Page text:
However, at the same time it lacks some of the basic structural features the other languages have.
But unfortunately its not a clear victory yet since, while it does give you a warning, TypeScript code still compiles and runs even when you access the private variables.
Nevertheless, people came up with ways to achieve encapsulation using other features of the language.
And in this post I’m going over the most widely used ones.
Easy wayThe easiest way to achieve pseudo-encapsulation would be to prefix your private member with a special symbol that indicates the private scope to the client.
It is a common convention to use the _ symbol as a prefix.
Of course this won't actually prevent anyone from accessing your private variables so we won't go in too much detail here.
Factory functions and closuresSimply put, factory functions are functions used to create new instances of the object.
Factory functions are often a preferred choice over the direct object creation using new keyword.
The reason is because using factory function gives you the freedom and flexibility to change the object's instantiation process without client ever being aware of the change.
Factory functions used with closures are often a go-to method for achieving encapsulation because of it’s simplicity.
Let’s take a look at the example:The code above is a typical example of attaining encapsulation via factory function and closure.
While the implementation is pretty straightforward, it does come with a memory usage penalty.
The reason is because method zoom will be recreated for every new instance of the Hedgehog function.
Here's an identical implementation that uses ES6 syntax:As you can see in order for zoom method to access both speed and name we had to put it in the constructor.
In some cases this penalty is acceptable and you might be okay using it.
Also, to reduce the overheat you can define methods that don't use private variables outside of the constructor, like we did with jump method.
Weak maps and namespacesThe memory penalty caused by using factory functions and closures can be avoided by using WeakMap objects to store the private members.
The penalty is avoided since one WeakMap can be used to store private members of multiple instances of the class.
Let's look at the example to understand the concept better:Here’s what’s happening here:We wrap the Hedgehog class inside of the self-invoking function and return it.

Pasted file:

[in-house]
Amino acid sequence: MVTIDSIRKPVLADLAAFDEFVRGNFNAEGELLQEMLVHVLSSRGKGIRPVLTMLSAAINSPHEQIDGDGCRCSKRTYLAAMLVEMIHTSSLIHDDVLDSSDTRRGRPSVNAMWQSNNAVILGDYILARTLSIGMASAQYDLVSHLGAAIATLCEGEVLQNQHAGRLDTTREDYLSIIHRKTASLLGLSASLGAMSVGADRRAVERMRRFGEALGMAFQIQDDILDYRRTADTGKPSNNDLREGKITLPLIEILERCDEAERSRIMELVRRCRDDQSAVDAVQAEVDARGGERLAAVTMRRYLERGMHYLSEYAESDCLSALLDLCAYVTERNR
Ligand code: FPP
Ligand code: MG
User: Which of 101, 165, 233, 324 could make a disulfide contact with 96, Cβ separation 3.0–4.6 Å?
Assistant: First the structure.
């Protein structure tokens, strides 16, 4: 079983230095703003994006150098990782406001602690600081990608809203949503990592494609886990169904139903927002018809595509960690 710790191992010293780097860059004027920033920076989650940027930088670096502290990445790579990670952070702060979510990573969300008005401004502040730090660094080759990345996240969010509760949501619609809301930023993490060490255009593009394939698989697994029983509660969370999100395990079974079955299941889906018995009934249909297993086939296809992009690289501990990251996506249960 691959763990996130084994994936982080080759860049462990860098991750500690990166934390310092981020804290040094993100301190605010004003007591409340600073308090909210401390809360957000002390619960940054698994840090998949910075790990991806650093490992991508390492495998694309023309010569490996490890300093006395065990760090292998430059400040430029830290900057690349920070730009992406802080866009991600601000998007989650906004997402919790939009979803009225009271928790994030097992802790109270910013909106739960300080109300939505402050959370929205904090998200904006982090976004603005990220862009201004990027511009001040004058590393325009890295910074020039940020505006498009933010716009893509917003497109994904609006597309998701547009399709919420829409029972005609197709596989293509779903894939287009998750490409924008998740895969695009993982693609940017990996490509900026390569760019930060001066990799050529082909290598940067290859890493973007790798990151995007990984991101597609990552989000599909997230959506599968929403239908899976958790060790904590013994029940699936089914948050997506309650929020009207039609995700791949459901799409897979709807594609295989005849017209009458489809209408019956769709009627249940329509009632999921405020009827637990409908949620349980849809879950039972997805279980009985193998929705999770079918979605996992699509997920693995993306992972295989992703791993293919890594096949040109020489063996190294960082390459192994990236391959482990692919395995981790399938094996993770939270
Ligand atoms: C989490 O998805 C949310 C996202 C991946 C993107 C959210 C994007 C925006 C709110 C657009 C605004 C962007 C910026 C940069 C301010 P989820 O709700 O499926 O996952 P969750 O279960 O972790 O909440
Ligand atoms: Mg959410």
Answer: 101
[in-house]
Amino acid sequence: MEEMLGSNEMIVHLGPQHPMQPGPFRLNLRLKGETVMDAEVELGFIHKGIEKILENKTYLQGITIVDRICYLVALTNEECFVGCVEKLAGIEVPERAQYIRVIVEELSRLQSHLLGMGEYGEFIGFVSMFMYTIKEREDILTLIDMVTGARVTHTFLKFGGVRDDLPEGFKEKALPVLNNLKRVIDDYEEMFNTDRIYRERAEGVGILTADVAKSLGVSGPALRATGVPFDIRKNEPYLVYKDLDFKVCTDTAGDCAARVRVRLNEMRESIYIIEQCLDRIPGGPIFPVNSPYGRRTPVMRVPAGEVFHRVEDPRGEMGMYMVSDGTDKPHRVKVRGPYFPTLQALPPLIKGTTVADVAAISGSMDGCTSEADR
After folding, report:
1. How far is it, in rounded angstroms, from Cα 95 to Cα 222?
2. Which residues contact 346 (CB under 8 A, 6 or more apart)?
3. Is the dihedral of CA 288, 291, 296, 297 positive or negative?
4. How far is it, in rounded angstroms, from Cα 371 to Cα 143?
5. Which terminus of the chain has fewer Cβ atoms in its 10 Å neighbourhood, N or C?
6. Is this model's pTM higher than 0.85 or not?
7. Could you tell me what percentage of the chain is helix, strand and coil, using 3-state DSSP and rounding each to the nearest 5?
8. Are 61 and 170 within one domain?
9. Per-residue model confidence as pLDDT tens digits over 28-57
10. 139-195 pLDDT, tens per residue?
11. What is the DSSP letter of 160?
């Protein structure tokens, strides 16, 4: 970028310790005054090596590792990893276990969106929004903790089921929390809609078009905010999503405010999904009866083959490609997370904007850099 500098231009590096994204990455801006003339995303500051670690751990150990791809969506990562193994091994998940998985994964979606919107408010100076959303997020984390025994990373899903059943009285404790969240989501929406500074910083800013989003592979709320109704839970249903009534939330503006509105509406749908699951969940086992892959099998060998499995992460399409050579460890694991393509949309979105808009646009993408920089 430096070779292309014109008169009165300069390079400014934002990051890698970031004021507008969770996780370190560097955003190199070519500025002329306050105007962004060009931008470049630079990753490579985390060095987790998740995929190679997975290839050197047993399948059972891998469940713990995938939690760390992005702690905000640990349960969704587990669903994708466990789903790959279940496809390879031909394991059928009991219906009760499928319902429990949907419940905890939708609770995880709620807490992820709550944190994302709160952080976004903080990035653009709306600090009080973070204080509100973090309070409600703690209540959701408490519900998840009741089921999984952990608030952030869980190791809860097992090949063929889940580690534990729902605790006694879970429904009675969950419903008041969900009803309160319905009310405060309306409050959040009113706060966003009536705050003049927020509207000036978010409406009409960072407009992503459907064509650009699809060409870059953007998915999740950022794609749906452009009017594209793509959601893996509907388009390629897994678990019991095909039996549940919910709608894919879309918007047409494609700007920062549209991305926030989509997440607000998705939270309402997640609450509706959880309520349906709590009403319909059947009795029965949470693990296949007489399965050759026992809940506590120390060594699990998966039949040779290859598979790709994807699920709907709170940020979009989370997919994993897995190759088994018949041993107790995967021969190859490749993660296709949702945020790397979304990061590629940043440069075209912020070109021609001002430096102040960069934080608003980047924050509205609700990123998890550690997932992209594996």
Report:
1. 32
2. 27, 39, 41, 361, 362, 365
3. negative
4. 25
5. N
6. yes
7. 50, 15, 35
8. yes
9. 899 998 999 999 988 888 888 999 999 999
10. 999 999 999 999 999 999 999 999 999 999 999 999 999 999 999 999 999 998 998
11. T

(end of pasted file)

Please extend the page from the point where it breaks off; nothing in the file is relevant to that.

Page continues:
This way we ensure that our private data is only created once and our class is instantly available to the client.
Within the self-invoking function but outside of the Hedgehog class, we store our WeakMap.
This map is used for storing private variables for each instance of the Hedgehog class.
Each value inside of the map is an object that we call namespace.
In essence, namespace is a private object with key-value pairs that is only available to the particular instance of the Hedgehog class that holds a reference to it.
As mentioned before, the overheat is greatly reduced due to the fact that we’re only storing one map for multiple instances of Hedgehog class.
Other kinds of dictionary collections will only let you use primitives.
Memory leaks are avoided because WeakMap holds weak references to its items.
This allows those items to be garbage collected when they loose all other references.
Weak maps guarantee that objects are only accessible using get method.
WeakMap does not have any other methods for accessing its items(looping, Object.
keys() and etc).
Using Symbols (kind of encapsulated)The last approach is using new ES6 feature — symbols.
Symbol is a type of primitive that is guaranteed to be unique.
One of its primary purposes is to be used as key for dictionary collections.
The trick here is to use closure to define a private symbol.
Let’s look at the example:Using this method each instance of the Hedgehog class has its own instance of the this[speed] variable which is still accessible to other methods in the class thanks to the speed symbol defined at the top.
Symbols are not accessible when using dot notation and iterating over the collection of objects or using Object.
And so it does provide some level of encapsulation.
While symbols do provide a sufficient level of encapsulation for the most cases, it can still be breached using Object.
Although, most of the time the client should get the hint and won't try to use those private properties.
And that’s it for this post.
Thanks for reading!Originally published at https://isamatov.
com on May 18, 2019.
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